Courier Mail, The (Brisbane), 04/09/2002, pg. 10

A MENTAL health nurse who was told that one of his clients was drinking excessive amounts of liquid did not alert a doctor because the nurse did not believe the claims, an inquest has heard.

The nurse, Jonathon Smith, was giving evidence at the inquest into the deaths of two Toowoomba boarding house residents who died in November 2000 and January 2001.

One of the Ranleigh boarding house residents, Terrence Carty, 43, died of sodium deficiency from drinking too much coffee and orange juice.

Mr Smith said staff at the boarding house had told him on at least two occasions that Carty was drinking excessive amounts of coffee, orange juice and water in the weeks before his death.

“I asked (Terry Carty) if he had been drinking excessive fluids and he denied it,” Mr Smith said.

Mr Smith said he did not believe what the staff had said because he thought they were misinterpreting Carty’s behaviour and he didn’t see any signs of bloating, poor memory or lack of co-ordination.

But if he had known Carty had not been a heavy drinker of coffee he would have been more concerned.

Mr Smith said he did not record staff complaints to him nor ask the staff or other residents to observe Carty’s behaviour because he did not think they would be able to gather reliable information.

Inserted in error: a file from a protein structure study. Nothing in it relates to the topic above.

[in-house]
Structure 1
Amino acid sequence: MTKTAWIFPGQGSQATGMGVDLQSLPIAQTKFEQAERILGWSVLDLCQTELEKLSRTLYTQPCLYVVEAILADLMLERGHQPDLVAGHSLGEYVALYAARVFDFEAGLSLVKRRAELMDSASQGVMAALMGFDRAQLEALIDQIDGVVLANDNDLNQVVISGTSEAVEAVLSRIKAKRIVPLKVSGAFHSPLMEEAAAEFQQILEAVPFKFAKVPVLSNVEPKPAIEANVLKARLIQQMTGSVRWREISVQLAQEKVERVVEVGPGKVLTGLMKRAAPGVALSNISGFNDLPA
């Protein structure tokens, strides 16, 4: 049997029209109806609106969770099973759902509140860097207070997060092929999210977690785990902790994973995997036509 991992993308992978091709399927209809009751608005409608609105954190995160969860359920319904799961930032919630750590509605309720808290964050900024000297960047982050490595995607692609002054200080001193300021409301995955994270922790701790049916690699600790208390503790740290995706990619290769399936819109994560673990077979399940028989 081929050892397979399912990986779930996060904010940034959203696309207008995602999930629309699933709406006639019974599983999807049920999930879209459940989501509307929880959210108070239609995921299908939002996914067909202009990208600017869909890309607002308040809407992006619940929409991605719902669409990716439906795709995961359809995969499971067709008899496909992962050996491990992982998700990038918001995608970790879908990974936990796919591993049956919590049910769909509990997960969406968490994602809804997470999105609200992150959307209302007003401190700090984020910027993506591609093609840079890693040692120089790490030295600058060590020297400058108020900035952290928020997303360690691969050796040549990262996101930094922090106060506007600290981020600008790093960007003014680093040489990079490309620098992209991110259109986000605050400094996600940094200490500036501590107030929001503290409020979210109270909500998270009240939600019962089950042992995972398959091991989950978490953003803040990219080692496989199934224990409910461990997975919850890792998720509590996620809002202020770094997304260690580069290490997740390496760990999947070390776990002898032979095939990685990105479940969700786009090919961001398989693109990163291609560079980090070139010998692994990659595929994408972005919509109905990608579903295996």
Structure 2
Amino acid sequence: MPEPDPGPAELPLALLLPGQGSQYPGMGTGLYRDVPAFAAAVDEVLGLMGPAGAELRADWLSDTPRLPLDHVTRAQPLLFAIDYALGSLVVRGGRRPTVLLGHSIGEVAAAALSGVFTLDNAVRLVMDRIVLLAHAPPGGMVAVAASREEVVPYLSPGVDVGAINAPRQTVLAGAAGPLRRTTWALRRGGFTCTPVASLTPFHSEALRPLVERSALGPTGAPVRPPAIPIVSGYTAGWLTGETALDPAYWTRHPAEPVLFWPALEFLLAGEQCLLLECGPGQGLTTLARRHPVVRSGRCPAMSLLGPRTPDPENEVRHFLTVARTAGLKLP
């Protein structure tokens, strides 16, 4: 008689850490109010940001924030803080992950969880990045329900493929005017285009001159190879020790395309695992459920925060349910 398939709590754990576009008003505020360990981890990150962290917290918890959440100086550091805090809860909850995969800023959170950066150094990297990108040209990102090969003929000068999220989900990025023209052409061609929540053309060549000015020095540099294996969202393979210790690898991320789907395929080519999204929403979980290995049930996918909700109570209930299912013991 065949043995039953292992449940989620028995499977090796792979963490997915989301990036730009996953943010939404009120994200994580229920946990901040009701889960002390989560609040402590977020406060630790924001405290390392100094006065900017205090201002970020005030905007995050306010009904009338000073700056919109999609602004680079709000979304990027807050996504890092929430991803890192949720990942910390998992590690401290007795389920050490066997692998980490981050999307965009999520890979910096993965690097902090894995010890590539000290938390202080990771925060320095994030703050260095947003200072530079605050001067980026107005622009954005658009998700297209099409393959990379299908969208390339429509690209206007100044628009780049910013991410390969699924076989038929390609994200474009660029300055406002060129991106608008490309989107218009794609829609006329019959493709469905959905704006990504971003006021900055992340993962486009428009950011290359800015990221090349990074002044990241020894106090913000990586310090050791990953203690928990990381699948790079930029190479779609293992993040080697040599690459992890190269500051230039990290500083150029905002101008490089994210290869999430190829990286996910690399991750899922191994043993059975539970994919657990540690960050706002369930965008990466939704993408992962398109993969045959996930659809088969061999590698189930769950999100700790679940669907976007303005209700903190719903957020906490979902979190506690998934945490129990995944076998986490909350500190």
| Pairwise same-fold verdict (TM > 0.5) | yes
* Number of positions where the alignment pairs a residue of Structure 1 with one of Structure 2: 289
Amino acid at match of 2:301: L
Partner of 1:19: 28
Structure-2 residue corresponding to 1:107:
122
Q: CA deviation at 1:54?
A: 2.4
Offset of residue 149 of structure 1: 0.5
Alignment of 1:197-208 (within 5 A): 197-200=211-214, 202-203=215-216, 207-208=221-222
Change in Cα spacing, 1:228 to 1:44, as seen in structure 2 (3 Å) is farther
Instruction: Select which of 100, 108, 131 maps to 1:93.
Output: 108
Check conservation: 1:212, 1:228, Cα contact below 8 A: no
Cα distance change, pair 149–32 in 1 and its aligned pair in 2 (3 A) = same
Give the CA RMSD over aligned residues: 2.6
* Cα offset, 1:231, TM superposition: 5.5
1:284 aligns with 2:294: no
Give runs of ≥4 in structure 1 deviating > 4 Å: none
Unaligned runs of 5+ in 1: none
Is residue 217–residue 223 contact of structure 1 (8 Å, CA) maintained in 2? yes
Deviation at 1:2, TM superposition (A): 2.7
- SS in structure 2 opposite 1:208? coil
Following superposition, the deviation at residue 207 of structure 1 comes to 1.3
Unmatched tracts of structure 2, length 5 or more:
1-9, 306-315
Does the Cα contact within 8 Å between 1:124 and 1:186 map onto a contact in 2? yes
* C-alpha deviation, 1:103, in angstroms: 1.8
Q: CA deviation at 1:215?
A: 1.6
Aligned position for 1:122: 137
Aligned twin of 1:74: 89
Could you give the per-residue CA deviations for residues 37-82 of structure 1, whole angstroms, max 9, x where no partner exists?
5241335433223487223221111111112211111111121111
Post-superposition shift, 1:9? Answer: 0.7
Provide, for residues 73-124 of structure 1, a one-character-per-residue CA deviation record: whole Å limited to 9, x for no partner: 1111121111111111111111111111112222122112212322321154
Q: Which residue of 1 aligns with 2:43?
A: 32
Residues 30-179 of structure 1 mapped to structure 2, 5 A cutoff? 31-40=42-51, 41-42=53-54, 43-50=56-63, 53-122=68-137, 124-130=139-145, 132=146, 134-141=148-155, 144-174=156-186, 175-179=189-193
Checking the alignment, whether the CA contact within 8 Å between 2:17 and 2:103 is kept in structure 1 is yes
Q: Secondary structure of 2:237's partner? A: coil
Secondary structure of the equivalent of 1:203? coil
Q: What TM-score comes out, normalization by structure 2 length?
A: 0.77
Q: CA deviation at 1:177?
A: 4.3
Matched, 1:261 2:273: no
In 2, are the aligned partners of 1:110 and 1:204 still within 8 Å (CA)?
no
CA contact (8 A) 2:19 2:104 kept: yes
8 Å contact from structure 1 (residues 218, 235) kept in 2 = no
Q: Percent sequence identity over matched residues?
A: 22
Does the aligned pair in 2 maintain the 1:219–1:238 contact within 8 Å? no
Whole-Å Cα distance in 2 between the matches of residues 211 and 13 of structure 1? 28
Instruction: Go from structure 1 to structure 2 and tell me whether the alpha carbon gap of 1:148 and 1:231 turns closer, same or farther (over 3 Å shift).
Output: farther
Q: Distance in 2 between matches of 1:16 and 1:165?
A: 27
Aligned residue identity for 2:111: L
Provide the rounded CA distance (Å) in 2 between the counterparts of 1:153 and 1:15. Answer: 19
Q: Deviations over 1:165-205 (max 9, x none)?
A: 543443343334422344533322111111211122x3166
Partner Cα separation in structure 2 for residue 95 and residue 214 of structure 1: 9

Mr Smith said he did not report back to boarding house staff who had raised concerns because he did not believe their concerns were important. “I would communicate it to his treating doctor, not to the cook,” he said.

Carty, who had severe schizophrenia and was being treated with the antipsychotic drug Clozapine, was found dead on November 25, 2000.
The inquest was told Clozapine has been linked with several sudden deaths and patients were monitored with tests for heart conditions and lowered immunity.

Dr Frances Mulholland gave evidence that she had not been told about Carty’s excessive fluid intake and if she had she said she would not have been concerned.

“What is presenting here is a typical response to Clozapine of a person with severe schizophrenia,” she said.

She said a person would have to drink 15 to 20 litres of fluid a day to trigger acute hyponeutremia which in this case had led to heart failure and a venous back-flow of blood into the lungs, brain
and liver, causing death.

The coronial inquest is also inquiring into the death of a second resident of Ranleigh boarding house, John Joseph Jeffery, 52, who died in January 2001, of an overdose of prescription drugs.

The inquest continues.

Copyright 2002 / Courier Mail